When it comes to succeeding in your later years, Ruth Carroll’s example should be followed.
A few things haven’t changed since they were called “Someone you should know” in The Alabama Baptist seven years ago. Her favorite song is still “Amazing Grace,” and Psalm 23 remains her favorite scriptural selection. She cares about both.
But things have also changed. For one thing, she celebrated her 95th birthday in Februaryth Birthday. The years of widowhood have increased to 31 after 49 years of marriage to Marcus. She has two daughters and a son; five grandchildren and 16 great-grandchildren; but the number of great-great-grandchildren has doubled to 12.
There is adjustment to a greater dependency on family, and her children are her right ally when she faces challenges.
On a good day, Ruth can be found at church or gardening. Reading is another way to pass the time and pray for others.
Sunday lunch tradition
“I used to take my kids to church and when we got home we would enjoy Sunday lunch—all the trimmings,” Ruth recalled. “Then when my kids were grown, I told them that if they went to church, I would prepare everything for Sunday dinner at my house. They accepted me on the offer.”
Her daughter Janice said the tradition continues.
“Mom has left most of the preparations to other family members, but she helps as much as possible in the kitchen on Sunday mornings. She enjoys making cornbread and making a pot of coffee. About 11, sometimes more, gather after church every Sunday.”
Ruth chimes in: “And Thanksgiving, Christmas and all the holidays.”
It’s obvious that this tradition matters to her, and it’s an air of pride in the many years her family has accumulated and gratitude that she’s still able to participate.
A Legacy of Service
This marks 65 years that Ruth has been “on a mission.” She has held various leadership roles within the Woman’s Missionary Union: director of her church and at the union and district levels; a board member; leading acts and girls in action in their church; and a state leadership by Acteens.
When Ruth was a member of Chalybeate Springs Baptist Church, she was an all-ages Sunday School teacher, choir member, and Vacation Bible School volunteer. She has served in many other capacities, and her ministry continued when she joined Mount View Baptist Church in 2010.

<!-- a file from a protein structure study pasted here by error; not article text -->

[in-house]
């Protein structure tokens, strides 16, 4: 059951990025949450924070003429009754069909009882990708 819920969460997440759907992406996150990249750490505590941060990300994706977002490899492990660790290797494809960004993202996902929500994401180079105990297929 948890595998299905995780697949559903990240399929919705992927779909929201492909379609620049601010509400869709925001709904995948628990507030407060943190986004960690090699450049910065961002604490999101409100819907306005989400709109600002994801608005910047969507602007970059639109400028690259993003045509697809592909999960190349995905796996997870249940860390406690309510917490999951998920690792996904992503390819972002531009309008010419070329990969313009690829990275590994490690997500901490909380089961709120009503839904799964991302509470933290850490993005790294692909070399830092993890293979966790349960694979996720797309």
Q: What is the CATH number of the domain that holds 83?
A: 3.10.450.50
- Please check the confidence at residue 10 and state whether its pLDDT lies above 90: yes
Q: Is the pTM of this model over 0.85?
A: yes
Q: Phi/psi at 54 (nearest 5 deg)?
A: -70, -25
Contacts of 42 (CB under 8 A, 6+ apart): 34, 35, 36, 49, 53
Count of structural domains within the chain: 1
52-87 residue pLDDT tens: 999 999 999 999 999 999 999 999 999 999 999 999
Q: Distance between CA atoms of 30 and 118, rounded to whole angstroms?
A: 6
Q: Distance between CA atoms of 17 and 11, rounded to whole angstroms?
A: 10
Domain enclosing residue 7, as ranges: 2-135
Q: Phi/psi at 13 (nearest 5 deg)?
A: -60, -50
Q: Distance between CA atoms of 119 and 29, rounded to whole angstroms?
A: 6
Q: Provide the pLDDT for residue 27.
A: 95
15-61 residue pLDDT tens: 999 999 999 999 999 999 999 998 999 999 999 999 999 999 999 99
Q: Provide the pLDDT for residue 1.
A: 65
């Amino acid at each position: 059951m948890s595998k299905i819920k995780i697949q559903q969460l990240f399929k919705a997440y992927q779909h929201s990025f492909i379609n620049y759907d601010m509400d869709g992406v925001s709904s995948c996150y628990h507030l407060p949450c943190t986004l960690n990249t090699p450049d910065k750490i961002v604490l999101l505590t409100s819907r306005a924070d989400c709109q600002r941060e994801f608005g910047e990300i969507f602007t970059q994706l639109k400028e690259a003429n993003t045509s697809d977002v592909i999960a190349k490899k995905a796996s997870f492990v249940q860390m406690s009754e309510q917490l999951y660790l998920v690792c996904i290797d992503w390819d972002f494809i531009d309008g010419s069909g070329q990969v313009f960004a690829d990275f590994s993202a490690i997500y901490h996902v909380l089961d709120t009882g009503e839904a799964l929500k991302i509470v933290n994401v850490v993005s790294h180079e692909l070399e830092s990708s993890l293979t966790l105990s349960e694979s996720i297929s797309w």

Her pastor, Mark Milwee, said: “Mrs. Ruth Carroll is a model of loyalty and consistency.”
Before the pandemic, she attended church regularly, but now it can be a challenge.
As Ruth reviewed her life in ministry, she recalled working with a lay renewal team for the Alabama Baptist State Board of Missions. She made three trips to Alaska and also traveled to Kentucky, Tennessee, Georgia and Pennsylvania.
mental health project
The year was 1970. Ruth recalled a year when things changed for GAs when girls ages 12 and older transferred to a new missionary group, Acteens. They immediately wanted to do something special for someone.
Her very first missionary project was under Ruth’s leadership. It should reach people with mental health problems. They planned a party at the church, invited six ladies and prepared a gift bag for each person.
“It was a new venture for me at the time,” Ruth recalls. “I’ve done the party 51 times now. This is the first year that I am not serving as a leader; I took on a mentoring role.”
Over the years the outpatient party of the local mental health center (male and female) has grown. It is now an annual event held at another church within the Muscle Shoals Baptist Association. Volunteers prepare and serve lunch and provide items for the gift bags.
Ruth giggled and said, “Those are heavy too!”
Her advice to readers is simple: “Do what the Lord leads you to do and you will be fine.”